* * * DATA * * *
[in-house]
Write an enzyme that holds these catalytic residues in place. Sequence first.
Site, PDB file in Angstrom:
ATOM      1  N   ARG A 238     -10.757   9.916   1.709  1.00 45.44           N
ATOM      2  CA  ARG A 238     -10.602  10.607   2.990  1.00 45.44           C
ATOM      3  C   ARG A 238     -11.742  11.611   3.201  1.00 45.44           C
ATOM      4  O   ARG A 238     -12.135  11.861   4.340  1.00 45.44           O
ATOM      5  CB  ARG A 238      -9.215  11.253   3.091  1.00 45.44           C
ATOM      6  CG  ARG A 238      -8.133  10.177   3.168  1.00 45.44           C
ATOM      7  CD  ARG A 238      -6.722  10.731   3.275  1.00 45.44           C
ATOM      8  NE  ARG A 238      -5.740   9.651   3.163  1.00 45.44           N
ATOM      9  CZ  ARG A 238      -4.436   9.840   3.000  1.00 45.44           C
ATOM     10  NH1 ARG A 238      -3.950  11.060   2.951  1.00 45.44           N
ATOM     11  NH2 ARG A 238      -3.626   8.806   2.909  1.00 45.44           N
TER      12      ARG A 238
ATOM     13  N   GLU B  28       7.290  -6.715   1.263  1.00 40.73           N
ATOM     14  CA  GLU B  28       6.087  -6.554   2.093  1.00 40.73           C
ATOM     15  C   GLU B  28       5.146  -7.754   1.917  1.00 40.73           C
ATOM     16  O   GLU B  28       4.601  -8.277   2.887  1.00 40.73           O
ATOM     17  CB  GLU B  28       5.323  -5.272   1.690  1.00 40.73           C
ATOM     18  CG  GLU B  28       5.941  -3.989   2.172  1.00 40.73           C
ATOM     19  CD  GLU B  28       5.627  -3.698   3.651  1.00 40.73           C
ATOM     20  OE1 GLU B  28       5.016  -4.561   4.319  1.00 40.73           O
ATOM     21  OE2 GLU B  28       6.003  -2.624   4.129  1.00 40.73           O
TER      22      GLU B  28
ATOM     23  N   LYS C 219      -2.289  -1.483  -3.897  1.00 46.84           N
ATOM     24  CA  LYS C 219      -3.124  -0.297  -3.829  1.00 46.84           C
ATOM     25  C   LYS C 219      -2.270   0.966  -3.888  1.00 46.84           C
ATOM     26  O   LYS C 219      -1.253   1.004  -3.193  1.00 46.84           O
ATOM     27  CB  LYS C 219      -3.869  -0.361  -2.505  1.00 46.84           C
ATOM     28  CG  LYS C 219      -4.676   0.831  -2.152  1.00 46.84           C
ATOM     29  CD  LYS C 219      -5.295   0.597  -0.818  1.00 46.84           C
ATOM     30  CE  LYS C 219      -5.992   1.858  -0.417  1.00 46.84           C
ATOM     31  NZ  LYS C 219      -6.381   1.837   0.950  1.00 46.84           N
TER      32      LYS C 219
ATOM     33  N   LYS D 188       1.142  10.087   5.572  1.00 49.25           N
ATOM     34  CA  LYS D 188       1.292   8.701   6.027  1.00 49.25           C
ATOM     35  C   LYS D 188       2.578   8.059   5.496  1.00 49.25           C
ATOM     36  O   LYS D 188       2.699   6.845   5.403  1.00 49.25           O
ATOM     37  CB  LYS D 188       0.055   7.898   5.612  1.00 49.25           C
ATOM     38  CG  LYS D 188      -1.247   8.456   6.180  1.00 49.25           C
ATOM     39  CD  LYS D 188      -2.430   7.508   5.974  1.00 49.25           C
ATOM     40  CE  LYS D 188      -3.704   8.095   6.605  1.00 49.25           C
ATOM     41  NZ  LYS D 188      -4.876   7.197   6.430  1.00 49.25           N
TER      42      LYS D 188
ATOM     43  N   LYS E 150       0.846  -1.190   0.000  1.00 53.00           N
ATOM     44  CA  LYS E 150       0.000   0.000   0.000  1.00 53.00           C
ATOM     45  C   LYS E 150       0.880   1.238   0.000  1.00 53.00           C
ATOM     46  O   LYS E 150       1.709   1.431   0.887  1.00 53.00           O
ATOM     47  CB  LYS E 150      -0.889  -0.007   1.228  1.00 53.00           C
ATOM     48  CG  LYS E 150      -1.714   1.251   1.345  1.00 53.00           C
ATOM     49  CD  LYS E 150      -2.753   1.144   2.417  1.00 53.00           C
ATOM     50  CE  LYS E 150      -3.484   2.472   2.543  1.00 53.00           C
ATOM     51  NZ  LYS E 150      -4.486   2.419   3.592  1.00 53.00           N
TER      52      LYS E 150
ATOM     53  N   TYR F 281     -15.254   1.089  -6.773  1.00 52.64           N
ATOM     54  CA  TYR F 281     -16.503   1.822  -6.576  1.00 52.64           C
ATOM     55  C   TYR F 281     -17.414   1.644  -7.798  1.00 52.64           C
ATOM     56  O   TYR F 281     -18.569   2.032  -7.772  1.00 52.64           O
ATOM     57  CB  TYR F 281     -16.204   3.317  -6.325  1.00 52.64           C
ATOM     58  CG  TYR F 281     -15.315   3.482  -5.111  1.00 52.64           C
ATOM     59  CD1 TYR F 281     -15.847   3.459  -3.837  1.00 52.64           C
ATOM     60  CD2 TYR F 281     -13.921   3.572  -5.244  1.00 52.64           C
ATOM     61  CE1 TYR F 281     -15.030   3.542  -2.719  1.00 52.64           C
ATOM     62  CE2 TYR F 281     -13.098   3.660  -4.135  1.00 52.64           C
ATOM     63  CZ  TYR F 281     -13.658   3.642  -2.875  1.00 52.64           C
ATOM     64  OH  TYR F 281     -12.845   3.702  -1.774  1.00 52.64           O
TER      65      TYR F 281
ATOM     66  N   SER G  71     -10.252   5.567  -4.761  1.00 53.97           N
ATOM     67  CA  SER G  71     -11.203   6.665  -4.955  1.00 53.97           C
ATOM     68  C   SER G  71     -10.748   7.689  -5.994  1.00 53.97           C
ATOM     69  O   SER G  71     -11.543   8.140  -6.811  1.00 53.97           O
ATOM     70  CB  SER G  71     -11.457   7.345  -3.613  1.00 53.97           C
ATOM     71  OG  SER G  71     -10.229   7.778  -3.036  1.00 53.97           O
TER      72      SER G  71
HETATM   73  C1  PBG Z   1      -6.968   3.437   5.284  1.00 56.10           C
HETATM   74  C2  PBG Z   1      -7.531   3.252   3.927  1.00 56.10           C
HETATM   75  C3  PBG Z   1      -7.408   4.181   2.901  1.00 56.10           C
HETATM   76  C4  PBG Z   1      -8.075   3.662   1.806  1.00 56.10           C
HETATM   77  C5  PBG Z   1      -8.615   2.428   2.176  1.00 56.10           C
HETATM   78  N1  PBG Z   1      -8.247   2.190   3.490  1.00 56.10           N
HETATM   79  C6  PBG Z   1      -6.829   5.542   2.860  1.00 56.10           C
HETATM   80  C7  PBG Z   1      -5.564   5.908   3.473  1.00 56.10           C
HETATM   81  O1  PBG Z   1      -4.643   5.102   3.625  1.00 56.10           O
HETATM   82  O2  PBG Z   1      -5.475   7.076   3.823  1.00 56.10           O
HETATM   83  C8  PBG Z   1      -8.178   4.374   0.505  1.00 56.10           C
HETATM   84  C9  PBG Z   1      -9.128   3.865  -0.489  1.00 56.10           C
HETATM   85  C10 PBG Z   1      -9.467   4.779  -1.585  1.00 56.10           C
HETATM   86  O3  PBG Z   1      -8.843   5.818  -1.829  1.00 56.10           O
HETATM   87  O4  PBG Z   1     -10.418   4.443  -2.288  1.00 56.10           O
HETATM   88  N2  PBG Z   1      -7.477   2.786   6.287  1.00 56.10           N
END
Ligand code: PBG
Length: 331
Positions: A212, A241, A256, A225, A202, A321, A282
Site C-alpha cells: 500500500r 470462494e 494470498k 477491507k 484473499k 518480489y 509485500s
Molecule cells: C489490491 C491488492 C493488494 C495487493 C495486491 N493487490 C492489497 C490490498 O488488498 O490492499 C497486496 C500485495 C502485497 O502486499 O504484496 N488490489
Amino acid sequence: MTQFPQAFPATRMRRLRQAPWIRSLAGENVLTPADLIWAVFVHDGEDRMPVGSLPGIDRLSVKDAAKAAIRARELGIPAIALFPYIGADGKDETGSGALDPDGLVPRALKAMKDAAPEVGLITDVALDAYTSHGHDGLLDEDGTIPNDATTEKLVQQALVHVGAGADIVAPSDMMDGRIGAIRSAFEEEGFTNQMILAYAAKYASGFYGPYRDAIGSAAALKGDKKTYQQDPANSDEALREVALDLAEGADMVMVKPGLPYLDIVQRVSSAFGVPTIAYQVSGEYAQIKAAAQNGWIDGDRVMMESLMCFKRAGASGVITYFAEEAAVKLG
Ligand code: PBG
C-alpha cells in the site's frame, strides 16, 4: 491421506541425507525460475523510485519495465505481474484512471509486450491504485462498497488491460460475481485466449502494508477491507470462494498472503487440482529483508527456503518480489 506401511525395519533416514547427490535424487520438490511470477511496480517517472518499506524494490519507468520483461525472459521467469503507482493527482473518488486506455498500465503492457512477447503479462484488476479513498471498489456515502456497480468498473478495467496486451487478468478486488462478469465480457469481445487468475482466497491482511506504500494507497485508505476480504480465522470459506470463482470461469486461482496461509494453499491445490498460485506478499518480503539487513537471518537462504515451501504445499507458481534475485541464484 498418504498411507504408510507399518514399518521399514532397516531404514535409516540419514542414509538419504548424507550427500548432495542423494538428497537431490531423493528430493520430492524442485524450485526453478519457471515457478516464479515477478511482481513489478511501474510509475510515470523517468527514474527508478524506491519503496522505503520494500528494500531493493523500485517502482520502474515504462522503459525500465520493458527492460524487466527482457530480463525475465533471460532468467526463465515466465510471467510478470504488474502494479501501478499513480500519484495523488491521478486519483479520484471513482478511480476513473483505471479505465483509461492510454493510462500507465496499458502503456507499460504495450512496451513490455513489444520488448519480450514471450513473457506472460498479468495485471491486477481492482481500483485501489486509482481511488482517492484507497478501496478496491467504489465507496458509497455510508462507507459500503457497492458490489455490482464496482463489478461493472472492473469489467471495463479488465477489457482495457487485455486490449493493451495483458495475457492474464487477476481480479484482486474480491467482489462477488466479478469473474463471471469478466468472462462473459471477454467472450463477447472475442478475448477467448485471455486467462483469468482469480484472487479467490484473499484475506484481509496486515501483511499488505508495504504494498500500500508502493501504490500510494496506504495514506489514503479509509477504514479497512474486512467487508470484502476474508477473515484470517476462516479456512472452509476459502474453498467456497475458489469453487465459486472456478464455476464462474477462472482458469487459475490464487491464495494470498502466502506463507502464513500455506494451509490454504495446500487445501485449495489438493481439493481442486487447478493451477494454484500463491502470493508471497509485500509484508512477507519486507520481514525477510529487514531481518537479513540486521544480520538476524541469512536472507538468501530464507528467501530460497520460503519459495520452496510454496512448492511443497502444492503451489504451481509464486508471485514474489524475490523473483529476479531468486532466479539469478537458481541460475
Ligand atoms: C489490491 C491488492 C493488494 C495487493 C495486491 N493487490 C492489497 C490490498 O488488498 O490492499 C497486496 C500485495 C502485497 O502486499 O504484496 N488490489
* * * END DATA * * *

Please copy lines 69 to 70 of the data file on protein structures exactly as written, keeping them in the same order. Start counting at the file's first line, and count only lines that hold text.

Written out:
ATOM     66  N   SER G  71     -10.252   5.567  -4.761  1.00 53.97           N
ATOM     67  CA  SER G  71     -11.203   6.665  -4.955  1.00 53.97           C